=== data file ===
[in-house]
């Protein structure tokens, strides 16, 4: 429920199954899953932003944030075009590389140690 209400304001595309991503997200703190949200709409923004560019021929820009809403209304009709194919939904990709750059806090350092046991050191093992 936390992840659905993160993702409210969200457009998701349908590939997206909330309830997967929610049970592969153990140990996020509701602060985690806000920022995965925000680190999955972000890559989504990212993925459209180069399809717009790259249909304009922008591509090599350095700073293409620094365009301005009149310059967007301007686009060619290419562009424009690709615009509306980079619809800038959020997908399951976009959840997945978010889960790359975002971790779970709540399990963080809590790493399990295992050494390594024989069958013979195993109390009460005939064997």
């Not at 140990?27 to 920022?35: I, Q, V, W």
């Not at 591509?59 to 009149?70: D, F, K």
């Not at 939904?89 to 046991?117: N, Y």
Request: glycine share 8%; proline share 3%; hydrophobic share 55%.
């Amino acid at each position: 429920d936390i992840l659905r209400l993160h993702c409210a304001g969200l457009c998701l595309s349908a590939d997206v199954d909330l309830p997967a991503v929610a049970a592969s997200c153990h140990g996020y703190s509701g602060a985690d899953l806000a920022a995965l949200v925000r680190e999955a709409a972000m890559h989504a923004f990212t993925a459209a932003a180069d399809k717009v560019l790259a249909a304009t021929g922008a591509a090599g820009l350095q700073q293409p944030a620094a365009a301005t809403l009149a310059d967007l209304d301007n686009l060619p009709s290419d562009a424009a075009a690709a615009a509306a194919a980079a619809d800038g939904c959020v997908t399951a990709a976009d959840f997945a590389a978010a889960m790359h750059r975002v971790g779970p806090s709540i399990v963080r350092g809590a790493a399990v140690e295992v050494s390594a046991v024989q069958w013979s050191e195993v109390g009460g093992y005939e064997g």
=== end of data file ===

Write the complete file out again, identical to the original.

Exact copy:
[in-house]
């Protein structure tokens, strides 16, 4: 429920199954899953932003944030075009590389140690 209400304001595309991503997200703190949200709409923004560019021929820009809403209304009709194919939904990709750059806090350092046991050191093992 936390992840659905993160993702409210969200457009998701349908590939997206909330309830997967929610049970592969153990140990996020509701602060985690806000920022995965925000680190999955972000890559989504990212993925459209180069399809717009790259249909304009922008591509090599350095700073293409620094365009301005009149310059967007301007686009060619290419562009424009690709615009509306980079619809800038959020997908399951976009959840997945978010889960790359975002971790779970709540399990963080809590790493399990295992050494390594024989069958013979195993109390009460005939064997």
């Not at 140990?27 to 920022?35: I, Q, V, W």
């Not at 591509?59 to 009149?70: D, F, K």
């Not at 939904?89 to 046991?117: N, Y």
Request: glycine share 8%; proline share 3%; hydrophobic share 55%.
């Amino acid at each position: 429920d936390i992840l659905r209400l993160h993702c409210a304001g969200l457009c998701l595309s349908a590939d997206v199954d909330l309830p997967a991503v929610a049970a592969s997200c153990h140990g996020y703190s509701g602060a985690d899953l806000a920022a995965l949200v925000r680190e999955a709409a972000m890559h989504a923004f990212t993925a459209a932003a180069d399809k717009v560019l790259a249909a304009t021929g922008a591509a090599g820009l350095q700073q293409p944030a620094a365009a301005t809403l009149a310059d967007l209304d301007n686009l060619p009709s290419d562009a424009a075009a690709a615009a509306a194919a980079a619809d800038g939904c959020v997908t399951a990709a976009d959840f997945a590389a978010a889960m790359h750059r975002v971790g779970p806090s709540i399990v963080r350092g809590a790493a399990v140690e295992v050494s390594a046991v024989q069958w013979s050191e195993v109390g009460g093992y005939e064997g």